Humectant

What is A Humectant?

A humectant is a substance that draws in and creates bonds with water molecules. This bond moisturizes the skin’s surface by pulling water from the air, and from the dermis (the underlying layers of the skin).

Key Takeaways

  • humectants create bonds with water molecules
  • they pull moisture to the surface of the skin from the dermis and water vapor from the air
  • they can be man-made (synthetic) or obtained from nature

Understanding Humectants

Humectants work primarily by drawing water from their surrounding environment, which, depending on the conditions, can be the dermis (lower layer of the skin) of the surrounding air – if the air humidity is over 50%.

If you live in a dry climate, humectants can dry your skin out by pulling too much moisture from the deeper skin layers. A dry environment can lead to humectants working best when combined with occlusives in this circumstance.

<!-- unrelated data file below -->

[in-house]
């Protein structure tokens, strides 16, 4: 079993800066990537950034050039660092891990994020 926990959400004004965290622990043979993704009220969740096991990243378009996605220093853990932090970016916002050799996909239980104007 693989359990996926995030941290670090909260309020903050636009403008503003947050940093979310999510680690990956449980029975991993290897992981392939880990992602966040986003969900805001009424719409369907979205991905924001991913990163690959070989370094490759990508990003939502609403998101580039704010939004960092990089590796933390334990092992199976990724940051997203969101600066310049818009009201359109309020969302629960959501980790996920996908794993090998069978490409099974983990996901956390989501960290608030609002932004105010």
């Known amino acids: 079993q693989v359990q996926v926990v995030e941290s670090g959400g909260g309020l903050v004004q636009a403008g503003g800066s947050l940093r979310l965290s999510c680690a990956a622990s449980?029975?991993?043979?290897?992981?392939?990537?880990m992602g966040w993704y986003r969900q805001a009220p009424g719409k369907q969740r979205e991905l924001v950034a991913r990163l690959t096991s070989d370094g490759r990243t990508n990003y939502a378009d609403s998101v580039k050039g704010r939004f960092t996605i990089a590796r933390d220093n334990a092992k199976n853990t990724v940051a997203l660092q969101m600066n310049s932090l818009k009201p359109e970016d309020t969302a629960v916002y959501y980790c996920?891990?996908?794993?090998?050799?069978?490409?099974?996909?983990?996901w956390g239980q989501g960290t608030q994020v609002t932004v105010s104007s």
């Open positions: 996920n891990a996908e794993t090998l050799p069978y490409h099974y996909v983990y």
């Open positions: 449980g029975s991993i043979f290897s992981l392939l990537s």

There are two general types of humectants: synthetic (human-made) and derived from nature.

Synthetic Humectants are more common because they tend to be inexpensive to produce and have a longer shelf life than their natural counterparts. However, in some cases, they can end up drying the skin in the longer term – since they don’t provide any real nutrients or benefits.

Some examples of synthetic humectants are glycerin, sorbitol, butylene glycol, sodium lactate, and dicyanamide.

Natural Humectants not only attract water, but they can also enhance the moisture production in the dermis and encourage the growth of new cells in the epidermis (top layer of the skin), giving the skin a better ability to hydrate on its own.

Some examples of common nature-derived humectants are hyaluronic acid, honey, aloe vera, seaweed, and alpha-hydroxy acids.

Resources:

The Derm Review

Healthline

Very Well Health

Leslie Baumann MD

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